(Reuters) - A former senior precious metals trader at UBS Group AG has been indicted on a criminal conspiracy charge over his alleged role in rigging prices by placing “spoof” trades.
In a one-count indictment made public on Wednesday, Andre Flotron was accused of conspiring from July 2008 to November 2013 to place orders for precious metal futures contracts that he intended to cancel before they could be executed.
Authorities believe such activity can enable traders to conduct real trades that would benefit illegally from artificial price movements caused by spoof orders.
Flotron had been accused in a Sept. 12 criminal complaint of the additional crimes of wire fraud, commodities fraud and spoofing, as well as conspiracy, court papers show.
The Swiss citizen was arrested two weeks ago in New Jersey, and later released on $4 million bond, court records show.
“We were pleased with the decision to release Mr. Flotron on bail and we look forward to defending the case until he is fully exonerated,” Flotron’s lawyer Marc Mukasey said in an email on Wednesday.
The case was built in part with help from a UBS trader who said Flotron taught him how to place spoof orders.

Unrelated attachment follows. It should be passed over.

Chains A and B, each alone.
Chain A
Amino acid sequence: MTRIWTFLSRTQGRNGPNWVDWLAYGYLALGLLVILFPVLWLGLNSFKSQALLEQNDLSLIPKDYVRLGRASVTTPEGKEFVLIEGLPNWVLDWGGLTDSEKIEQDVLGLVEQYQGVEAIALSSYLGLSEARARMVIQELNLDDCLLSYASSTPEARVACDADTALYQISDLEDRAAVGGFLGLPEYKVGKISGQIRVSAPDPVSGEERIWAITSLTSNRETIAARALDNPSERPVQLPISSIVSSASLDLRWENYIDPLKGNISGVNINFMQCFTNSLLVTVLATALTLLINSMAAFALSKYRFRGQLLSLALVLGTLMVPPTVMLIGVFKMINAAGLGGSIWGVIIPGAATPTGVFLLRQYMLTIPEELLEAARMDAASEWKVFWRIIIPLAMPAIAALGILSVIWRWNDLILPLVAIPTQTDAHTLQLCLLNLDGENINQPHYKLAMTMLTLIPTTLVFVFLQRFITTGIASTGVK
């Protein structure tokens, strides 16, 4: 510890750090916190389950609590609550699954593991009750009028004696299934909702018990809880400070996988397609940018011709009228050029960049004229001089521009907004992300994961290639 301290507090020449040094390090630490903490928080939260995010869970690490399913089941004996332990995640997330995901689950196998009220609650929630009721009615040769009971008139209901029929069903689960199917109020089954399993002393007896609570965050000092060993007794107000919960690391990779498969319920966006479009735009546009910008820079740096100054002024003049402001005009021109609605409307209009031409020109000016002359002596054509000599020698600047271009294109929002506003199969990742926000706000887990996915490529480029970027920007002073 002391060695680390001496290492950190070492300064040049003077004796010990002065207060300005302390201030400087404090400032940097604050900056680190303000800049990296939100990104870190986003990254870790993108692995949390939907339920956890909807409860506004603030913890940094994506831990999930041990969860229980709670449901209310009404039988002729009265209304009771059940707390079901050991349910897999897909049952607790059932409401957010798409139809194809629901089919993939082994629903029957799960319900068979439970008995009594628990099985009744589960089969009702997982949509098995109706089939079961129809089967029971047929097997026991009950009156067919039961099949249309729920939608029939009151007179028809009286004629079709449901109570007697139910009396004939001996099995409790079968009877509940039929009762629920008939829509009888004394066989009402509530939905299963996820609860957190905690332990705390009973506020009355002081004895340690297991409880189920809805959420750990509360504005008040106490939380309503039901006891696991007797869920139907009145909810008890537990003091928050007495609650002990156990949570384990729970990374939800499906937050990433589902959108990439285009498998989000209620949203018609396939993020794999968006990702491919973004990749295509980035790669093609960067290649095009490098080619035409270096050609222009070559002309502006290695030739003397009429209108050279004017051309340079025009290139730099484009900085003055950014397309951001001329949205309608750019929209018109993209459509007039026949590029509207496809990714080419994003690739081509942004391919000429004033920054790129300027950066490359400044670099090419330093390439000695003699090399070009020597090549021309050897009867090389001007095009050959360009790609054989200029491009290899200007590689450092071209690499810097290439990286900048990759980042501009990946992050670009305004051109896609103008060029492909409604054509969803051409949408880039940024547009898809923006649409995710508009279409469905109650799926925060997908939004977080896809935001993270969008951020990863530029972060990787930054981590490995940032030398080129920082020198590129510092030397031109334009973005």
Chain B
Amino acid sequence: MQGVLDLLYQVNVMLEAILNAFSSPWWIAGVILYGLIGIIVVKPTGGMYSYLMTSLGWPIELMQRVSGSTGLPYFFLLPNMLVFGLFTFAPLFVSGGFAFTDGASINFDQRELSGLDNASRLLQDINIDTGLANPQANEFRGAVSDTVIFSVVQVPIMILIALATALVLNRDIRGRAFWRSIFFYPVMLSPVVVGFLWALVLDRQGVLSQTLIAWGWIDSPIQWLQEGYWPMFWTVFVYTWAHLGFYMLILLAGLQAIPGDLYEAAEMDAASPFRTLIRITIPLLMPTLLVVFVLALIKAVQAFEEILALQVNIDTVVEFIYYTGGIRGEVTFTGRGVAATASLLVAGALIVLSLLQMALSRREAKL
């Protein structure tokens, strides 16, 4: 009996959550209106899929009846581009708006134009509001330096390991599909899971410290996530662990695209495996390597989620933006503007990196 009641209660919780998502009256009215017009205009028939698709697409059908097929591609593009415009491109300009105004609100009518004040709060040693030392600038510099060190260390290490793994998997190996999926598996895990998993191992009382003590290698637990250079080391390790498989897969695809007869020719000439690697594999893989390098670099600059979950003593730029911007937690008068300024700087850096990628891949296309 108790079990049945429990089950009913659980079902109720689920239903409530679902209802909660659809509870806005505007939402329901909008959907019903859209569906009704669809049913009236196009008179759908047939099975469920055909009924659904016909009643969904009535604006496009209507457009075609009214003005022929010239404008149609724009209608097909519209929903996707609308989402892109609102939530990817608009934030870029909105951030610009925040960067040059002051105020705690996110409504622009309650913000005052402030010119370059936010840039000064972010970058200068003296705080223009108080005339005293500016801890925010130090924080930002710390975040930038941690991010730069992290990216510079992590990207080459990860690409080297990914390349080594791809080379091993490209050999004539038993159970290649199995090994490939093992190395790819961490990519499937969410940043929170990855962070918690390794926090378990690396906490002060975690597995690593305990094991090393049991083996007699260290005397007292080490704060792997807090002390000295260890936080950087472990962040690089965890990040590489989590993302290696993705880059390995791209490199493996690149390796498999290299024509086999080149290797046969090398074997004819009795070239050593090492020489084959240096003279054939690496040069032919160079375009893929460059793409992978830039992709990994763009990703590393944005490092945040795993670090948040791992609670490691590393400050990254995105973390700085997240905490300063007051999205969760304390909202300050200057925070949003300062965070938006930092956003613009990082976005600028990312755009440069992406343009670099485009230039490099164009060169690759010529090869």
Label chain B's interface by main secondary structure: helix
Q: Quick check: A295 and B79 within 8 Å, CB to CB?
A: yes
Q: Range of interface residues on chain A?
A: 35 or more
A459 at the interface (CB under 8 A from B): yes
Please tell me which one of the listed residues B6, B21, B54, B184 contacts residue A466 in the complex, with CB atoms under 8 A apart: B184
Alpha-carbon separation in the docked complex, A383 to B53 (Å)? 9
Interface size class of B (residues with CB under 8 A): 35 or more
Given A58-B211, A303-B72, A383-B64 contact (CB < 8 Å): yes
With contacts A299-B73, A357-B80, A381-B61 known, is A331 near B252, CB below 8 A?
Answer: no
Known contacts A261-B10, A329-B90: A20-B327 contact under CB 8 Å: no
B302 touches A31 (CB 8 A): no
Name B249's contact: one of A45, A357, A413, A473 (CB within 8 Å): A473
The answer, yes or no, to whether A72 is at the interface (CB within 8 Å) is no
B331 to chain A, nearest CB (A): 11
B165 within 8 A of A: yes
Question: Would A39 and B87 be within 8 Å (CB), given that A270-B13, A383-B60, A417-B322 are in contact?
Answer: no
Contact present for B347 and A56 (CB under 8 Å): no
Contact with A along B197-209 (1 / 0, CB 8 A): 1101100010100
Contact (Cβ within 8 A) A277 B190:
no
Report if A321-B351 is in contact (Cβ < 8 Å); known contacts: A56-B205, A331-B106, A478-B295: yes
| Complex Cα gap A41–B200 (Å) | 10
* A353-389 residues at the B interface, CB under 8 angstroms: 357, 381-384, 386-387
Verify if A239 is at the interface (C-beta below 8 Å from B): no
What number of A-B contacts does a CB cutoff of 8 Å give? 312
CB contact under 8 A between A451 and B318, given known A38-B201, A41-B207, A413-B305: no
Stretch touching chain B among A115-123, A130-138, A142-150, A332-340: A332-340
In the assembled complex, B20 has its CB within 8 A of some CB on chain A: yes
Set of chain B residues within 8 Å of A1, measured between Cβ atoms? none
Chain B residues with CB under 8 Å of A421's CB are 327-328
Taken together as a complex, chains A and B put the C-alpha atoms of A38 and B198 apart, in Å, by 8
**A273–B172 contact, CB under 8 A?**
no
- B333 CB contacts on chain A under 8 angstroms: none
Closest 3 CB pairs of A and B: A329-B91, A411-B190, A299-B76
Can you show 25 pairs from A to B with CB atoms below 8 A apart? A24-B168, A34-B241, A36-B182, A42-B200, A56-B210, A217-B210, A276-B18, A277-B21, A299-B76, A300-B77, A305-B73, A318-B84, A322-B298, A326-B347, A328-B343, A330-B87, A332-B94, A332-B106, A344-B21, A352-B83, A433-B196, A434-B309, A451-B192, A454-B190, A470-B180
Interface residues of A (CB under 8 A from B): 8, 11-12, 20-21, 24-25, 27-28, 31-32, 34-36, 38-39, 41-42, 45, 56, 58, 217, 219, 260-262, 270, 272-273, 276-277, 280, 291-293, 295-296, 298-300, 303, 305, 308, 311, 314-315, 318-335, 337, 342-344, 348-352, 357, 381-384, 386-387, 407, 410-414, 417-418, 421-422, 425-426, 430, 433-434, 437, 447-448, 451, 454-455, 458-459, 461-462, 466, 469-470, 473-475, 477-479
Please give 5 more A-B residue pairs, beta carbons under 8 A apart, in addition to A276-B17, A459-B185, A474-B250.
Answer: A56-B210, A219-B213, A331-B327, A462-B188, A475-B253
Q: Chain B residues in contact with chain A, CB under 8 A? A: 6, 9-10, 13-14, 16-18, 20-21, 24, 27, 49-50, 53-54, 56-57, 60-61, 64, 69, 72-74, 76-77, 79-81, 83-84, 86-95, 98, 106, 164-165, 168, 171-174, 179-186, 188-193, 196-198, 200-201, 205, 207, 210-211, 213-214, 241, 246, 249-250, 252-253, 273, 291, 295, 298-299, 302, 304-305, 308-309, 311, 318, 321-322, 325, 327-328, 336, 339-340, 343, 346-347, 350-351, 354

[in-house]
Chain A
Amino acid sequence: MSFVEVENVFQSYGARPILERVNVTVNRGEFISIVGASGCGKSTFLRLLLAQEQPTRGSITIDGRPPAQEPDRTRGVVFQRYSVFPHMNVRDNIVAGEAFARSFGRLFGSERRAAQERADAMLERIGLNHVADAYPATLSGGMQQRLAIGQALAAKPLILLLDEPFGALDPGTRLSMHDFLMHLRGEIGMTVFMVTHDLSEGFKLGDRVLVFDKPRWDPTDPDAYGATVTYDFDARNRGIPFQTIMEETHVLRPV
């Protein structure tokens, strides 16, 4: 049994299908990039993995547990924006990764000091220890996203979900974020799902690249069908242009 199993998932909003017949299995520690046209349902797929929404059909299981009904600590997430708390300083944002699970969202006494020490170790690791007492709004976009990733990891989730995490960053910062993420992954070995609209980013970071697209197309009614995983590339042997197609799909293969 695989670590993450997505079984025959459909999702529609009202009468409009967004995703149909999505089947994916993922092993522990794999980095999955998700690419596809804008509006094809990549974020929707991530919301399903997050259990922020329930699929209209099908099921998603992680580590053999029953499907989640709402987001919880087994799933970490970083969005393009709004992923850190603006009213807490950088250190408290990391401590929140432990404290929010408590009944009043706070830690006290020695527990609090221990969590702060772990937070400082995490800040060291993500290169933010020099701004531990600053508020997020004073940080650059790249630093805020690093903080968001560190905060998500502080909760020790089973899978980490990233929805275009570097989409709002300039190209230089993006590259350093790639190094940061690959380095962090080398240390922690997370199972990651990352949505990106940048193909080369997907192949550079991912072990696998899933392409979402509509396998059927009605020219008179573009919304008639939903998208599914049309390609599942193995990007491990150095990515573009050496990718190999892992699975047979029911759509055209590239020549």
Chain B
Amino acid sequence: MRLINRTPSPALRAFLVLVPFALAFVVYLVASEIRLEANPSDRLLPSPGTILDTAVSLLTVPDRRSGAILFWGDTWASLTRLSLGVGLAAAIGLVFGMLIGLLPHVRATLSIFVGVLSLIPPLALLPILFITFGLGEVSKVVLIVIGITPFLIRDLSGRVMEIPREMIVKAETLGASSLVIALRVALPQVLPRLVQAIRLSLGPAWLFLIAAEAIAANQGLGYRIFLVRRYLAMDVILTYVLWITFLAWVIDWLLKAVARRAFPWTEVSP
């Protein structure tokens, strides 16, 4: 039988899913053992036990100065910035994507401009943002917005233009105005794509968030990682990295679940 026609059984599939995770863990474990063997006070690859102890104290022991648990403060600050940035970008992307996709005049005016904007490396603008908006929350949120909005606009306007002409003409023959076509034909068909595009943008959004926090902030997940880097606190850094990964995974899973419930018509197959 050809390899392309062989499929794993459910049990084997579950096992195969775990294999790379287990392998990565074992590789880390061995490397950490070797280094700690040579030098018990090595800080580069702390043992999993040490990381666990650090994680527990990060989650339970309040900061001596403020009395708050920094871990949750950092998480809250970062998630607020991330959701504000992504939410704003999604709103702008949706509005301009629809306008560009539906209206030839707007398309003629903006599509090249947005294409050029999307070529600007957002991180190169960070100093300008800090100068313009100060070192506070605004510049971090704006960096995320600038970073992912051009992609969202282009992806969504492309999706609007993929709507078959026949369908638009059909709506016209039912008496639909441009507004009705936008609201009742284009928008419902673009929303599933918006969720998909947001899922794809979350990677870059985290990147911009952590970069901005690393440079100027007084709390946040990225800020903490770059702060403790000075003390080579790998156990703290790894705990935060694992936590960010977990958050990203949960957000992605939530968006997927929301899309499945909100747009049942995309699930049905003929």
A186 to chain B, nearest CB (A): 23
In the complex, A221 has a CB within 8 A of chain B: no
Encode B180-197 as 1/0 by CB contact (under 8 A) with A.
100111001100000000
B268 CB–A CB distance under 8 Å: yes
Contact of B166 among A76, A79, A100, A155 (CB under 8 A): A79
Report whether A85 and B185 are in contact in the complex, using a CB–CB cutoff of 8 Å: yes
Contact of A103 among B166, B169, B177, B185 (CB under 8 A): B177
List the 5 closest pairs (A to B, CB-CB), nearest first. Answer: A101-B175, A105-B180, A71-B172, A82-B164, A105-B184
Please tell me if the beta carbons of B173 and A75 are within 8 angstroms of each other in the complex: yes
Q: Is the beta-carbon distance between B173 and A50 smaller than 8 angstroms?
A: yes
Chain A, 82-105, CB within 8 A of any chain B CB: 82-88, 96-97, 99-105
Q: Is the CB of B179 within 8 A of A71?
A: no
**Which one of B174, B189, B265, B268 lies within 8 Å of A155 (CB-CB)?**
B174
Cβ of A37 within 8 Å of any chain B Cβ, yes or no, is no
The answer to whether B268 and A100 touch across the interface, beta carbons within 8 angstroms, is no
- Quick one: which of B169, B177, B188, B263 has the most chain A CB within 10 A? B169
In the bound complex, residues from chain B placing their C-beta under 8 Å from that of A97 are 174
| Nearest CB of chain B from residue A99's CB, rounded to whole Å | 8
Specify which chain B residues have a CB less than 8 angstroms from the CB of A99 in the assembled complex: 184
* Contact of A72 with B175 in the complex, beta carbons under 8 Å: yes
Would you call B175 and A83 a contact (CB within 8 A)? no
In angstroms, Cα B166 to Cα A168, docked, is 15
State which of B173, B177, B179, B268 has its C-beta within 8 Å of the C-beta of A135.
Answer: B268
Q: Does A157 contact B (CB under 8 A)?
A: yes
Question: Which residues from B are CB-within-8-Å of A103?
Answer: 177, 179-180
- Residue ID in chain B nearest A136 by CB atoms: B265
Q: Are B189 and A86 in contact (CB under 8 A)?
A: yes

In one illustration, the indictment said Flotron on Oct. 14, 2013 allegedly placed a real order to buy five gold futures contracts at a price of $1,284.80, and a spoof order less than a second later to sell 55 contracts at a price of $1,285.10.
Flotron began trading metals at UBS in 1999, and was put on leave in early 2014 after working for the bank in Zurich and Stamford, Connecticut. UBS was not accused of wrongdoing. The indictment is dated Sept. 26.
In May 2015, the U.S. Department of Justice immunized UBS from possible criminal prosecution over metals price-rigging as part of a settlement in which the bank pleaded guilty to manipulating Libor and other benchmark interest rates.
The case is U.S. v. Flotron, U.S. District Court, District of Connecticut, No. 17-cr-00220.